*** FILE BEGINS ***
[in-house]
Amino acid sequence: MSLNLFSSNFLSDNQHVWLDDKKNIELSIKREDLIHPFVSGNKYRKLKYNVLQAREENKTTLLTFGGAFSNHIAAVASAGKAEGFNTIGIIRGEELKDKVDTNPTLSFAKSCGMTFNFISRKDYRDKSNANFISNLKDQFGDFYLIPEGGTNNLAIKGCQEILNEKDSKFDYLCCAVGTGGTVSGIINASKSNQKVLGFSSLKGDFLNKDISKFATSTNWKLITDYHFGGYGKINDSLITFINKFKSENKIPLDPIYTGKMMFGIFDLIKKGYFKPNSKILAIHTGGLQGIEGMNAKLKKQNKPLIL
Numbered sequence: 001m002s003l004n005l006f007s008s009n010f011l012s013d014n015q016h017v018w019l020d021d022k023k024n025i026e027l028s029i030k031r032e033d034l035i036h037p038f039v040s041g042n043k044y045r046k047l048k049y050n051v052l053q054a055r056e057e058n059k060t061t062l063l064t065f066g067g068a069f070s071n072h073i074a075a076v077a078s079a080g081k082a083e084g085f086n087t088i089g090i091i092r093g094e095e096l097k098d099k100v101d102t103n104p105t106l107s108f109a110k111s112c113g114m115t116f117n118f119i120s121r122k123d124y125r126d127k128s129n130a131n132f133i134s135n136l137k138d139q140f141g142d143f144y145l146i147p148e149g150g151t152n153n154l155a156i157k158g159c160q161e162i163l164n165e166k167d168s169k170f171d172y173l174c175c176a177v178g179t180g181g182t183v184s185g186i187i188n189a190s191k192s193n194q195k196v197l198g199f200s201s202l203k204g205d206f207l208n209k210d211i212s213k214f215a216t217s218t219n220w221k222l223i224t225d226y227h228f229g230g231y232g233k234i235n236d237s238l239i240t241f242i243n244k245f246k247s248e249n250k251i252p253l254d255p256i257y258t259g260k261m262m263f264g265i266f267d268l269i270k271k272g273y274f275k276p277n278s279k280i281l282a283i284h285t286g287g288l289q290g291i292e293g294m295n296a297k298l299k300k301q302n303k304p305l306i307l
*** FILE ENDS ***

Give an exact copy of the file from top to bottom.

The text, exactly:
[in-house]
Amino acid sequence: MSLNLFSSNFLSDNQHVWLDDKKNIELSIKREDLIHPFVSGNKYRKLKYNVLQAREENKTTLLTFGGAFSNHIAAVASAGKAEGFNTIGIIRGEELKDKVDTNPTLSFAKSCGMTFNFISRKDYRDKSNANFISNLKDQFGDFYLIPEGGTNNLAIKGCQEILNEKDSKFDYLCCAVGTGGTVSGIINASKSNQKVLGFSSLKGDFLNKDISKFATSTNWKLITDYHFGGYGKINDSLITFINKFKSENKIPLDPIYTGKMMFGIFDLIKKGYFKPNSKILAIHTGGLQGIEGMNAKLKKQNKPLIL
Numbered sequence: 001m002s003l004n005l006f007s008s009n010f011l012s013d014n015q016h017v018w019l020d021d022k023k024n025i026e027l028s029i030k031r032e033d034l035i036h037p038f039v040s041g042n043k044y045r046k047l048k049y050n051v052l053q054a055r056e057e058n059k060t061t062l063l064t065f066g067g068a069f070s071n072h073i074a075a076v077a078s079a080g081k082a083e084g085f086n087t088i089g090i091i092r093g094e095e096l097k098d099k100v101d102t103n104p105t106l107s108f109a110k111s112c113g114m115t116f117n118f119i120s121r122k123d124y125r126d127k128s129n130a131n132f133i134s135n136l137k138d139q140f141g142d143f144y145l146i147p148e149g150g151t152n153n154l155a156i157k158g159c160q161e162i163l164n165e166k167d168s169k170f171d172y173l174c175c176a177v178g179t180g181g182t183v184s185g186i187i188n189a190s191k192s193n194q195k196v197l198g199f200s201s202l203k204g205d206f207l208n209k210d211i212s213k214f215a216t217s218t219n220w221k222l223i224t225d226y227h228f229g230g231y232g233k234i235n236d237s238l239i240t241f242i243n244k245f246k247s248e249n250k251i252p253l254d255p256i257y258t259g260k261m262m263f264g265i266f267d268l269i270k271k272g273y274f275k276p277n278s279k280i281l282a283i284h285t286g287g288l289q290g291i292e293g294m295n296a297k298l299k300k301q302n303k304p305l306i307l